Extreme Macro 3D Reconstruction

Software: MetashapePro
Written by Paul Bourke
June 2019

Bulgarian translation by Zlatan Dimitrov.


The following documents an exercise to 3D reconstruct 22 small shell beads that were used to form a necklace, the paper describing the objects can be found here. The approach taken is a photographic one, often referred to as photogrammetry, the MetaShape software was employed. The beads ranged in size from 4mm to 20mm.

A highly desirable aim for photographic reconstruction is sharp in focus images and good depth of focus, but depth of focus is exactly what one does not have with macro photography. One solution to this is to focus stack, combining multiple photographs each with a different in focus depth range. For this project this approach was ruled out due to the extreme capture times it would require as well as increased post production times. For example, the single photograph per position approach used took on average 1 hour per object, focus stacking would have extended this by at least a factor of 4. Post production would require an additional step although it could be largely automated.

Camera rig

The initial camera rig consisted of the subject mounted on a plastic block, a 100mm Canon macro lens, and linear macro slider.

Initial test camera set up

While this was functional for larger objects (15mm to 20mm on the full frame sensor) it suffered from a number of issues: the linear macro rail involved coarse and time consuming left/right alignment using the tripod head controls, and the 100mm macro lens is still at best a 1:1 lens so not ideal for the smaller objects of or under 10mm where typically less than 1/4 of the sensor would be utilised.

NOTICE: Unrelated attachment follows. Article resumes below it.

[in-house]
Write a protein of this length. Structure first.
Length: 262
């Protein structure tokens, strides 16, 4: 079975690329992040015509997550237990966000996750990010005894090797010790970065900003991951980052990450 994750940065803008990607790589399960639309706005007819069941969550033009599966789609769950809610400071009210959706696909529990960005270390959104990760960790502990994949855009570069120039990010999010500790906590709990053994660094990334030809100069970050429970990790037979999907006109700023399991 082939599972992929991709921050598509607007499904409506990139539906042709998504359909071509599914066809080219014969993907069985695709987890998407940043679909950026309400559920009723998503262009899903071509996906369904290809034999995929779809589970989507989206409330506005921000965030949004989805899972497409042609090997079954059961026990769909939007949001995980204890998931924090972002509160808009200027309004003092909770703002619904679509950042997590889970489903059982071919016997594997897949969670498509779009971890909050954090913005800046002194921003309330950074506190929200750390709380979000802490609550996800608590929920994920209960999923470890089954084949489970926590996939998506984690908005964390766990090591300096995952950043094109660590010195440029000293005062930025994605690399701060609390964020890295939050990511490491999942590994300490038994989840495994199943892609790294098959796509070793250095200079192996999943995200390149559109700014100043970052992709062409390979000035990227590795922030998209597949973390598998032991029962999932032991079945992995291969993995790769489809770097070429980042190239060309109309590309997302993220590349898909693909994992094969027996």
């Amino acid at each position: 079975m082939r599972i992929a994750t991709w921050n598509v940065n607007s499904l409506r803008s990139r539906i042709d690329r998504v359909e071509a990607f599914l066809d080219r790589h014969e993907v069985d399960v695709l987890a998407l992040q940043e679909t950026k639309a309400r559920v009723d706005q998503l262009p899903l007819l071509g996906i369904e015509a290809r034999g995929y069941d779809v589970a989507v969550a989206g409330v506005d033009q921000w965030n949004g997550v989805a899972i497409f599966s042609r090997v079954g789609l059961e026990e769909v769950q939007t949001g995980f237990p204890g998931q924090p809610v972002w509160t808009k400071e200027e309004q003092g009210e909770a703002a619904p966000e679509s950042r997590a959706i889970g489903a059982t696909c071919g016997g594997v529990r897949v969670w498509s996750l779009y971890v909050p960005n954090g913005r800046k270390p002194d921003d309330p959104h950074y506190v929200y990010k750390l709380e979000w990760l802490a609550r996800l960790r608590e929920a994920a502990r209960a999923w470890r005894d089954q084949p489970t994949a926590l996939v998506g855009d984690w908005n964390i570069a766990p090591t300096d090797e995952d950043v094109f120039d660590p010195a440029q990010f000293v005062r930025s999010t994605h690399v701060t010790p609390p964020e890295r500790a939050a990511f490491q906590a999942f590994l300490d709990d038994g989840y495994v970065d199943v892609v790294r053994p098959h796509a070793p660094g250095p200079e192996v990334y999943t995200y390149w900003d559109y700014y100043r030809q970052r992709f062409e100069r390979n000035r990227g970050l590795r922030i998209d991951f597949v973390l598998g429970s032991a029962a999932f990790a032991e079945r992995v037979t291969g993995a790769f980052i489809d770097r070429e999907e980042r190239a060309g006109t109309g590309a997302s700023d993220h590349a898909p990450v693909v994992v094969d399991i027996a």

The final solution involved a 2 axis macro rail, left and right for alignment and forward-back for focus. The final lens was a Canon 65mm macro with between 1:1 and 5:1 magnification, although for these objects no more than 3:1 magnification was actually used.

Canon MP-E 65mm lens

There are alternatives to purchasing a relatively unusual 5:1 magnification lenses, for example the reverse lens approach.

Final camera set up

Since a full 3D model is required, the objects were each photographed in two orientations with typically at least 30% overlap. The shape of each object varies and different mounting arrangements were employed for each shape type. Critical of course is for the object not to move during a scan, although small vibration induced movement can be tolerated as it corresponds to a camera shift or tilt.

A light box was used to both give higher levels of light so that a small aperture (increased depth of focus) can be achieved. It also removes lighting effects on the objects themselves allowing maximum opportunity to relight in the presentation renderings.

Typical image and size on sensor


For 1:1 and 2:1 magnification, there was sufficient overlap of in focus regions and therefore sufficient feature point overlap by taking 20 degree steps in longitude and performing four 360 rings in latitude. Since the latitude range was typically 0 (equator) to 80 degrees this is also a 20 degree step size in latitude. In many case for the highest latitude only 30 degree steps were needed for sufficient overlap. Therefore each half scan required either 66 or 72 photographs. The camera was the Canon 5D Mk III (full frame).

The automatic rotation was achieved with the Edelkrone Head One rotator unit.

Edelkrone Head One rotator

Edelkrone Head One software interface